Archive

Posts Tagged ‘Jordan Spieth’

Extra Points: Who’s Your Caddie?

July 24, 2017 Leave a comment

Dan Weedin Unleashed-40I just finished watching an incredible and dramatic ending to The Open Championship (aka The British Open). Jordan Spieth displayed an unbelievable amount of poise, focus, and patience in winning the championship when the momentum and tide had turned sharply against him late in the round. I understand there may be many readers that are not golf fans, and this isn’t going to be regurgitation of the tournament. What you do need to know is that in 40 years of watching professional golf, I’ve never seen anything like it.

During his victory speech, Spieth thanked his caddie, Michael Greller. This isn’t unusual, yet Spieth said something which captured my attention. He said that Greller helped him keep his head in the game when things were going poorly. He acknowledged that he was getting down on himself “as any person would,” and that Greller kept him on a positive mindset and focused on the next swing. He said the trophy was as much Greller’s as it was his.

Caddies are critical to pro golfers for much more than simply handing them the next club and carrying the bag. They end up being a combination of psychologist, accountability partner, sounding board, and coach. Who’s your caddie?

Every business professional will face trials and tribulations in their career. Just like a round of golf on the biggest stage, those that are resilient and focused on positive outcomes win the day, even if they don’t win the championship. As Spieth accurately noted, “any person” can and will get down on themselves. We all need a caddie to help us.

While some of you may say that your spouse or significant other act as your caddie, I’d offer you this perspective: There are no professional golfers using their spouses or significant other to tote the bag for them. You find spouses and significant others giving support from behind the ropes, but in those crucial moments, there is a need for an objective voice and often a tough love that can’t be duplicated by those closest to us.

If you truly want to be successful in your career, you need to find a caddie that will talk you back into focus when you need it, hold you accountable to your goals, and provide both tough love and an encouraging pat on the back when needed. You’ll find that they will ultimately save you many “strokes” in your championship round!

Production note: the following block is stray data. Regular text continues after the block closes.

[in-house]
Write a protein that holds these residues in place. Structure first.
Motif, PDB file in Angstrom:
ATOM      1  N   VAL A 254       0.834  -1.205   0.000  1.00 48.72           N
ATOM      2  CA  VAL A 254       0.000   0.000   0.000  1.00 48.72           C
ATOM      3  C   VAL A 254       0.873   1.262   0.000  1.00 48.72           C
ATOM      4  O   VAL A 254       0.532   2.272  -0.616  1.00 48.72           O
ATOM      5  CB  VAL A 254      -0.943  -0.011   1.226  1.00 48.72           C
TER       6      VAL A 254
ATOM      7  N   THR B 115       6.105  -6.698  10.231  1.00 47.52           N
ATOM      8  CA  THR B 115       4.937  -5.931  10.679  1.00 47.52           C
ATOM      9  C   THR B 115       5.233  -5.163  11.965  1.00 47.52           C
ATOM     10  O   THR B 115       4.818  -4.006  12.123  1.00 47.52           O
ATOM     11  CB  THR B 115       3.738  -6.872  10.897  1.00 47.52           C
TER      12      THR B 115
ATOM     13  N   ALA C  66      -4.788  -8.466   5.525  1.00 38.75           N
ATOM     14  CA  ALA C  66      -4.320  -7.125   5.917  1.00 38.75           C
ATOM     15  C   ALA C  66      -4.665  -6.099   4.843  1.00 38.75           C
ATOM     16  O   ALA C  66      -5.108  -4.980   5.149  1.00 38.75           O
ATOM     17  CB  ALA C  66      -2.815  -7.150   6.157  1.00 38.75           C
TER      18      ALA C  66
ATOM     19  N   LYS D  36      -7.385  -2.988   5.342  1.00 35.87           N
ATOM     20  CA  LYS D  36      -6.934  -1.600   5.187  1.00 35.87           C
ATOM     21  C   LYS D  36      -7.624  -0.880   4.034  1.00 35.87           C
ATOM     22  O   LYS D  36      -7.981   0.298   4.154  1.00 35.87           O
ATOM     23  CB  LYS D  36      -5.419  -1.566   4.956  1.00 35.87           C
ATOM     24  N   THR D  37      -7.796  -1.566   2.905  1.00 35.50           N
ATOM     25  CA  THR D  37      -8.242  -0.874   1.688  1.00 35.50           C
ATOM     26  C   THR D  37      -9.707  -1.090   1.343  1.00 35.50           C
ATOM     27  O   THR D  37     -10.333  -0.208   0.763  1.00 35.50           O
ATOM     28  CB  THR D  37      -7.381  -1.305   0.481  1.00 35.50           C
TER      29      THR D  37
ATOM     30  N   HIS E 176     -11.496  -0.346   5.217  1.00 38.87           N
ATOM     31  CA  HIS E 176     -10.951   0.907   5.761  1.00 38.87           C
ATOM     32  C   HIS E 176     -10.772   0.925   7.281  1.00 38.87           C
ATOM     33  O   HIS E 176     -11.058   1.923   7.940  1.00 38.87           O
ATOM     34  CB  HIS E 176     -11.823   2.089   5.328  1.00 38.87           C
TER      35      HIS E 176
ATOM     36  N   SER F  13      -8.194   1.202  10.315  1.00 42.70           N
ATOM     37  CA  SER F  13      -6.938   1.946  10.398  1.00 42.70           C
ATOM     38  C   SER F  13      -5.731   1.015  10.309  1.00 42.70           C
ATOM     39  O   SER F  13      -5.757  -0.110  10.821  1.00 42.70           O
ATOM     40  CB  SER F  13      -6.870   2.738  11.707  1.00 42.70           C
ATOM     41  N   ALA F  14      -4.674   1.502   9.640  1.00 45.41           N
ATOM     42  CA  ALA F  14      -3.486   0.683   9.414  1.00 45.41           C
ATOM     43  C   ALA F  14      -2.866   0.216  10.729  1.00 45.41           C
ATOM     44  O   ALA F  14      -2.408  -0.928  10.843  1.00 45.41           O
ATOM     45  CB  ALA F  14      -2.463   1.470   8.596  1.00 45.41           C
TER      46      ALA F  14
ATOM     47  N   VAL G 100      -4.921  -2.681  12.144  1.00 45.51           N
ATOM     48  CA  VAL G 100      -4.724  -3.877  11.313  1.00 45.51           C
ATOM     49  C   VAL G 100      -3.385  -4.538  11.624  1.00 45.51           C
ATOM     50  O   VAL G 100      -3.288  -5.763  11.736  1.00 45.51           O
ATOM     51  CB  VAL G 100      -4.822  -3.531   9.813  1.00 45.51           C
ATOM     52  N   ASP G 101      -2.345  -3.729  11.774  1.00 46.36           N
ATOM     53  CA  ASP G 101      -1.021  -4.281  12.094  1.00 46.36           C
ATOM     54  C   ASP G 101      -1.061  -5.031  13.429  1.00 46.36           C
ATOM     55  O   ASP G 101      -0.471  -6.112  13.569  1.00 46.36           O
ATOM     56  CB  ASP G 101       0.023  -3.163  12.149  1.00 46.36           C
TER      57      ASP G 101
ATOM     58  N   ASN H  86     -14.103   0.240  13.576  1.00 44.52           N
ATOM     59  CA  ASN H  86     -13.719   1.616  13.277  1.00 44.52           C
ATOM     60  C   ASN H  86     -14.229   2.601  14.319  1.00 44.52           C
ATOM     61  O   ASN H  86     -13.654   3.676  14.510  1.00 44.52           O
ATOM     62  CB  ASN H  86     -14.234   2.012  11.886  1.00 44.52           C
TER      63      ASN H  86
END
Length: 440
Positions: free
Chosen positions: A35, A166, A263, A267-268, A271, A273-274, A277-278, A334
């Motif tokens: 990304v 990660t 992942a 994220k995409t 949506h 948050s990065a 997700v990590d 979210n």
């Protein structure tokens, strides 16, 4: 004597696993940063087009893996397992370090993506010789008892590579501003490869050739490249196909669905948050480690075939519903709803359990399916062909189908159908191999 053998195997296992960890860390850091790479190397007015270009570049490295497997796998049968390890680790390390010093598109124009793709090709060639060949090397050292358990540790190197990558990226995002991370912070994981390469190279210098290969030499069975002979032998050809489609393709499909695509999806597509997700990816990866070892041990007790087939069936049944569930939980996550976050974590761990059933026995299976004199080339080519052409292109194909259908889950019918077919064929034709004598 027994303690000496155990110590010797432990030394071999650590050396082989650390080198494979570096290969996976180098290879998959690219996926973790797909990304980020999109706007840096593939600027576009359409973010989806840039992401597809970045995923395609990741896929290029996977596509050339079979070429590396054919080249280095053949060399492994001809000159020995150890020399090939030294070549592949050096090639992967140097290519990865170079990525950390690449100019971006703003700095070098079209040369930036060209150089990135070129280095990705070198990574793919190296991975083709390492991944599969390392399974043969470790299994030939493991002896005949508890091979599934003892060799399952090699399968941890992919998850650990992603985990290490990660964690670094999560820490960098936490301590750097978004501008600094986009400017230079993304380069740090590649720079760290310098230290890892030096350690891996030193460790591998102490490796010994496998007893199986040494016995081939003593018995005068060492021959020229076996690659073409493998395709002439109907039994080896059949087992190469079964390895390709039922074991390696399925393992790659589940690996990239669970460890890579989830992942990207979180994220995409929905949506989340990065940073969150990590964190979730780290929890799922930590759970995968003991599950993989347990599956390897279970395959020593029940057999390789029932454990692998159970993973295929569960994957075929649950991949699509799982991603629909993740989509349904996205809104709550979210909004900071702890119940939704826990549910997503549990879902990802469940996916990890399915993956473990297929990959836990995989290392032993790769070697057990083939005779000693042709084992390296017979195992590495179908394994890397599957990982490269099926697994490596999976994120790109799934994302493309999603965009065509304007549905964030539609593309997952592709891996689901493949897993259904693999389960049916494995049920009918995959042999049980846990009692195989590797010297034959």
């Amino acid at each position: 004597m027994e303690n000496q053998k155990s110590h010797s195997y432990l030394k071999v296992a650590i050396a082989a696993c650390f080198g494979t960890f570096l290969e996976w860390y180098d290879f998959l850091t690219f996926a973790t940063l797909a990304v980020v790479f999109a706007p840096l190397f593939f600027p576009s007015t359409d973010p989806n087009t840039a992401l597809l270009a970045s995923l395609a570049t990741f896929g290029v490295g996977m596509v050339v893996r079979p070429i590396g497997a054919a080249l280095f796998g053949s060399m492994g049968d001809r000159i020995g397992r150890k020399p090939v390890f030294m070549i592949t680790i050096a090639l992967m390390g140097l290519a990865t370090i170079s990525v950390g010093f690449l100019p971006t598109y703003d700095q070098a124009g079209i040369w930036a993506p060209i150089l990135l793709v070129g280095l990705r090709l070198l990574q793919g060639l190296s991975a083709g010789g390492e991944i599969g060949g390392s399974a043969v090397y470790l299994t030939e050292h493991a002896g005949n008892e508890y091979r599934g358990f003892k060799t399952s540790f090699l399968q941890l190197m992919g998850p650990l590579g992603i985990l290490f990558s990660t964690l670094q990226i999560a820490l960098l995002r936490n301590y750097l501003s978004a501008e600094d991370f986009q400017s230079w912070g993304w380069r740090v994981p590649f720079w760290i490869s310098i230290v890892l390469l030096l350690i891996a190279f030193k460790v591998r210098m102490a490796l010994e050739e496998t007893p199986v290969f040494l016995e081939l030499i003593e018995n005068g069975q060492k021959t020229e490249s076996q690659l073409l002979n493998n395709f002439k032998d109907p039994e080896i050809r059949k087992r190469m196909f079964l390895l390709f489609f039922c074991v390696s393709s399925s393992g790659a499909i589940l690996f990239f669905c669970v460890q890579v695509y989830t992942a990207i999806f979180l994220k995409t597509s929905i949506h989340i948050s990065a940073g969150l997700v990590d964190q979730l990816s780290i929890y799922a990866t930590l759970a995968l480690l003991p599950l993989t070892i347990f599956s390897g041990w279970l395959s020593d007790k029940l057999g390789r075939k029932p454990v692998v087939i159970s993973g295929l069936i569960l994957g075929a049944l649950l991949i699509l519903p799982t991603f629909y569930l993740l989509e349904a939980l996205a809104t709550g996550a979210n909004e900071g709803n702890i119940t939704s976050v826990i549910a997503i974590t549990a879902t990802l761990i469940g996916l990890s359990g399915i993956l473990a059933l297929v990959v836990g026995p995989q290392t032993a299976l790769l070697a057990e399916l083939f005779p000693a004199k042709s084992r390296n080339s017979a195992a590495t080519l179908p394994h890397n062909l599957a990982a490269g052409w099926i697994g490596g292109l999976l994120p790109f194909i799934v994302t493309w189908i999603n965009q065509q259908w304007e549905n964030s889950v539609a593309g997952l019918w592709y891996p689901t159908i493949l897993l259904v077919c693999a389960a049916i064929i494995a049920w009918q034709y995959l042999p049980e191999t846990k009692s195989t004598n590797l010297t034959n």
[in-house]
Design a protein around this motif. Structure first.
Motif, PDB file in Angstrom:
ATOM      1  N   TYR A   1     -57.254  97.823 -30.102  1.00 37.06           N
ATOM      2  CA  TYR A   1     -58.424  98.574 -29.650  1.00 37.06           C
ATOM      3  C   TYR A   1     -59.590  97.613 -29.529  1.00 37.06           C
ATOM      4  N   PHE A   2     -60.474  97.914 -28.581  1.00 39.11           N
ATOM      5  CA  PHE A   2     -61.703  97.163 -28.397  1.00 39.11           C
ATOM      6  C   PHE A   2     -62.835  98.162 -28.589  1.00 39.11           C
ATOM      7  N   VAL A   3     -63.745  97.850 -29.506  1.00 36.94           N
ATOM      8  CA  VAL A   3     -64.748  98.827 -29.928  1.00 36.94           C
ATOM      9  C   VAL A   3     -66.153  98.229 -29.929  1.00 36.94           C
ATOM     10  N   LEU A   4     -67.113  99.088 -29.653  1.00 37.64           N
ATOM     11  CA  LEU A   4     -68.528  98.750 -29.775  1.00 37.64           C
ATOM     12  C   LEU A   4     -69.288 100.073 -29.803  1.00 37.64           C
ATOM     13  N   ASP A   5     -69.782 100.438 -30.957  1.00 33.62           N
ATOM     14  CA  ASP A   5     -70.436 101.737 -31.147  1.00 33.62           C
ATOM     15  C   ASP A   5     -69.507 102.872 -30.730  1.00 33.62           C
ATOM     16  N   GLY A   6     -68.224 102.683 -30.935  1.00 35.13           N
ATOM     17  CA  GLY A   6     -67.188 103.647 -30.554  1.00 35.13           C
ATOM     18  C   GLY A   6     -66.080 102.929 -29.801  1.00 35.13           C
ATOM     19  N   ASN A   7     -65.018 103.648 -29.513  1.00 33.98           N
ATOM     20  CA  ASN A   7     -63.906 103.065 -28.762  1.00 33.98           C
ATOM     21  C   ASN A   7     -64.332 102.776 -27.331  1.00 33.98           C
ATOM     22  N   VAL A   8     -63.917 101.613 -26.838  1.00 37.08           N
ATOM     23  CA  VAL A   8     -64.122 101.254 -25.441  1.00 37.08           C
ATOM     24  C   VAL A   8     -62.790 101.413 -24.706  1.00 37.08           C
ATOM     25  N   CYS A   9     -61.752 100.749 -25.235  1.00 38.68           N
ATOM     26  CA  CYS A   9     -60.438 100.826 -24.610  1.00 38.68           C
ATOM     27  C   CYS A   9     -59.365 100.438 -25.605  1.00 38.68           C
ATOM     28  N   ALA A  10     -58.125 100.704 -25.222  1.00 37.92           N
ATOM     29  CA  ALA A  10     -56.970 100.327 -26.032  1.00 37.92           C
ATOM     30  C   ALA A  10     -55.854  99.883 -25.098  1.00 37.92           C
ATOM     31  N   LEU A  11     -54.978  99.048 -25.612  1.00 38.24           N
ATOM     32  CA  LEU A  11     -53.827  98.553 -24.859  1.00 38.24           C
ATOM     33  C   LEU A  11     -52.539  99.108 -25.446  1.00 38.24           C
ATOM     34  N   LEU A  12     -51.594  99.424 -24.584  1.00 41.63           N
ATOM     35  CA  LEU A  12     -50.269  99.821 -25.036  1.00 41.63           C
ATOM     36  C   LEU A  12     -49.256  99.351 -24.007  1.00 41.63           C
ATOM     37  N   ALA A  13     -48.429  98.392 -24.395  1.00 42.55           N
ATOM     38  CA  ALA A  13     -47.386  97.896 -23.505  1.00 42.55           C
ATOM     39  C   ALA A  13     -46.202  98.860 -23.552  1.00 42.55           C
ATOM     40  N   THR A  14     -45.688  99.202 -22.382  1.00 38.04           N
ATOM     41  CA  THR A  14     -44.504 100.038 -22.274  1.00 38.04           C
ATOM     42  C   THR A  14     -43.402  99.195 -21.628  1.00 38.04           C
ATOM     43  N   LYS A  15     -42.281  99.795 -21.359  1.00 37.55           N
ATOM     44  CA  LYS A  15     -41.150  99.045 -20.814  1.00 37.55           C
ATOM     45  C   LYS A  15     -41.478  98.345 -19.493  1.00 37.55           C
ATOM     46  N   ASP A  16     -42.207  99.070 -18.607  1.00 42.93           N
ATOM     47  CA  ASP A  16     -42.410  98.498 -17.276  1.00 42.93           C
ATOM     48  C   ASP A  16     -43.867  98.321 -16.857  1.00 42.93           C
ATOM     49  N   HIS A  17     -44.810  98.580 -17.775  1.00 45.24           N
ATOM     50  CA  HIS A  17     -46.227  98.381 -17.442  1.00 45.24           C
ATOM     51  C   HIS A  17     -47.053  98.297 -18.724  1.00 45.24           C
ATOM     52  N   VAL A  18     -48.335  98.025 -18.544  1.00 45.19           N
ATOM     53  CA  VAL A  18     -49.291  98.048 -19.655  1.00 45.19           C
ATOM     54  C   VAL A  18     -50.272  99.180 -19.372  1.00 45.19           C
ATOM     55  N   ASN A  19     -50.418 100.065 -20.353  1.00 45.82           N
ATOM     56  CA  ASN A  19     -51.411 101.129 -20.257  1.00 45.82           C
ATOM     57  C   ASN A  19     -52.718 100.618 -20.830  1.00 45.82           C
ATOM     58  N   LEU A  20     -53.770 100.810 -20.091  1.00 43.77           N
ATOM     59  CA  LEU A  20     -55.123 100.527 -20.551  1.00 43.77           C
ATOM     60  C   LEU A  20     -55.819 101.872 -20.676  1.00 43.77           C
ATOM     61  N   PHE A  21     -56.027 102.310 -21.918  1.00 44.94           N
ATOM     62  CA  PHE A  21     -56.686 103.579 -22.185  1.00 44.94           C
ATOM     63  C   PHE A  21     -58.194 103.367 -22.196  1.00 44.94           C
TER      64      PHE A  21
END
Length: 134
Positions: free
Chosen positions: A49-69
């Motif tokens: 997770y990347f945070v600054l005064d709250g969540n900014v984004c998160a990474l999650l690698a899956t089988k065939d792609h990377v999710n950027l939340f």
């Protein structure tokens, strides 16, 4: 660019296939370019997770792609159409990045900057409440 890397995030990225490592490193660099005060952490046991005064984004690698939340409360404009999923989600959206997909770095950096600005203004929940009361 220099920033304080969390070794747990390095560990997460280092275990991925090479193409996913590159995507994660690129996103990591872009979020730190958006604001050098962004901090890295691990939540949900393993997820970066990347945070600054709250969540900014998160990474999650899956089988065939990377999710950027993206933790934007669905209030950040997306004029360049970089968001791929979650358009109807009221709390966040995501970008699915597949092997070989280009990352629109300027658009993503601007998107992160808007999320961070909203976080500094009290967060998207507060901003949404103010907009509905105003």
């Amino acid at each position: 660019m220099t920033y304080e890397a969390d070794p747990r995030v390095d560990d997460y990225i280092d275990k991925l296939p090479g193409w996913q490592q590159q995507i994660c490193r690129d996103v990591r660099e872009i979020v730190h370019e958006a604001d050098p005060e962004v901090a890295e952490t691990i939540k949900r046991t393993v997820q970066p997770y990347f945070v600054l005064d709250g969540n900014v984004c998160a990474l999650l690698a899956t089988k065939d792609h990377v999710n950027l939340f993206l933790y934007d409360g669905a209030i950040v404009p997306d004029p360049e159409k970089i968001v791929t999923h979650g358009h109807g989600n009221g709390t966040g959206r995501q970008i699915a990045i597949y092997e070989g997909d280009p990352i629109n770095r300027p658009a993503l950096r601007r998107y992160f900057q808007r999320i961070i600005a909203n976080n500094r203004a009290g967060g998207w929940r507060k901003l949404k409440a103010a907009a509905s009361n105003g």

Quote of the Week:

”Concentration comes out of a combination of confidence and hunger.”

~ Arnold Palmer

© 2017 Toro Consulting, Inc. All Rights Reserved

Do you need a caddie? Call me and let’s schedule a meeting to talk. I’m confident I can help you and your business unleash your potential and profits.

Be Good To Yourself

May 20, 2016 Leave a comment

20 Under 40 20_3Jordan Spieth was arguably the best golfer in the world in 2015. He won two major championships – the Masters and United States Open – and culminated the year with the FedEx Championship. All the golf pundits were not taking a giant leap of faith when proclaiming he was going to have another terrific year in 2016.

Spite has gotten off to a very slow, and in some cases, a rocky start. He’s been uncharacteristically poor in his shots and noticeably more agitated on the golf course. Now let’s be fair; Spieth is only 22 years old and has had a ton of early success. People have been amazed at his poise and savvy at such a young age. Regardless, it’s been a surprising start to the new year.

Last week, Spieth finally admitted in a press conference that he was being too hard on himself on the course. His self-talk was bad; he was intolerant of his own mistakes; and he found himself trying too hard to make up for poor shots. Basically, Spieth has fallen victim to what many of us do more regularly. That is not being good to yourself.

Many entrepreneurs and business owners left one boss to start their own business, and ended up working for a tyrant. Themselves. Is that you? Just like Jordan Spieth is susceptible to being too hard on himself on the golf course, business owners can do the same thing. For that matter, business professionals and all people can do the same thing. We are willing to cut somebody else some slack, but incapable of doing to ourselves. Sound familiar?

I’m pretty sure Spieth will adjust. His track record already indicates that. What about you? Are you willing to improve your self-talk and cut yourself slack when you aren’t perfect, make mistakes, and fail? In order to maximize your talent and unleash your potential, you must. In order to take your business or company to greater heights, you need to have positive self-talk and be able to forgive yourself for failures and try again.

Are you willing to be good to yourself?

© 2016 Toro Consulting, Inc. All Rights Reserved